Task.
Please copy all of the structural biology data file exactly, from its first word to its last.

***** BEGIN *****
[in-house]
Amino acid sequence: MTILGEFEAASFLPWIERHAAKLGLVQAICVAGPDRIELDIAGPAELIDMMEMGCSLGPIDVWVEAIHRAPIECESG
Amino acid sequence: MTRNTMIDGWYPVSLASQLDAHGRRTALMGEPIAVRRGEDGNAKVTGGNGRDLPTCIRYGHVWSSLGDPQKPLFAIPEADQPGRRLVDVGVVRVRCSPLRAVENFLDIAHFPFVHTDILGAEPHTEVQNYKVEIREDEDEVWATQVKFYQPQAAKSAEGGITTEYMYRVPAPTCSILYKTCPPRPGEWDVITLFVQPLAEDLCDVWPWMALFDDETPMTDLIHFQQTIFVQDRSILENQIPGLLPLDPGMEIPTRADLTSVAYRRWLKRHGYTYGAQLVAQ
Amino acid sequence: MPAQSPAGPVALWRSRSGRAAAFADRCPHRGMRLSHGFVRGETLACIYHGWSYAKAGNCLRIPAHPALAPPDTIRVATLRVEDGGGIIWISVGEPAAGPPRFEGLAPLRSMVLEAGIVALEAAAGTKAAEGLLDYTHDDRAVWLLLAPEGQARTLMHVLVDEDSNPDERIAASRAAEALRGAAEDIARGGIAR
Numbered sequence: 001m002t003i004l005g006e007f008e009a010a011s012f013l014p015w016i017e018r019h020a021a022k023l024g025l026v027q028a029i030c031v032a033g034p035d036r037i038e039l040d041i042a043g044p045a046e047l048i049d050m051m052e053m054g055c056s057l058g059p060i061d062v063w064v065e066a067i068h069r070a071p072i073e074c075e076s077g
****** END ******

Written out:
[in-house]
Amino acid sequence: MTILGEFEAASFLPWIERHAAKLGLVQAICVAGPDRIELDIAGPAELIDMMEMGCSLGPIDVWVEAIHRAPIECESG
Amino acid sequence: MTRNTMIDGWYPVSLASQLDAHGRRTALMGEPIAVRRGEDGNAKVTGGNGRDLPTCIRYGHVWSSLGDPQKPLFAIPEADQPGRRLVDVGVVRVRCSPLRAVENFLDIAHFPFVHTDILGAEPHTEVQNYKVEIREDEDEVWATQVKFYQPQAAKSAEGGITTEYMYRVPAPTCSILYKTCPPRPGEWDVITLFVQPLAEDLCDVWPWMALFDDETPMTDLIHFQQTIFVQDRSILENQIPGLLPLDPGMEIPTRADLTSVAYRRWLKRHGYTYGAQLVAQ
Amino acid sequence: MPAQSPAGPVALWRSRSGRAAAFADRCPHRGMRLSHGFVRGETLACIYHGWSYAKAGNCLRIPAHPALAPPDTIRVATLRVEDGGGIIWISVGEPAAGPPRFEGLAPLRSMVLEAGIVALEAAAGTKAAEGLLDYTHDDRAVWLLLAPEGQARTLMHVLVDEDSNPDERIAASRAAEALRGAAEDIARGGIAR
Numbered sequence: 001m002t003i004l005g006e007f008e009a010a011s012f013l014p015w016i017e018r019h020a021a022k023l024g025l026v027q028a029i030c031v032a033g034p035d036r037i038e039l040d041i042a043g044p045a046e047l048i049d050m051m052e053m054g055c056s057l058g059p060i061d062v063w064v065e066a067i068h069r070a071p072i073e074c075e076s077g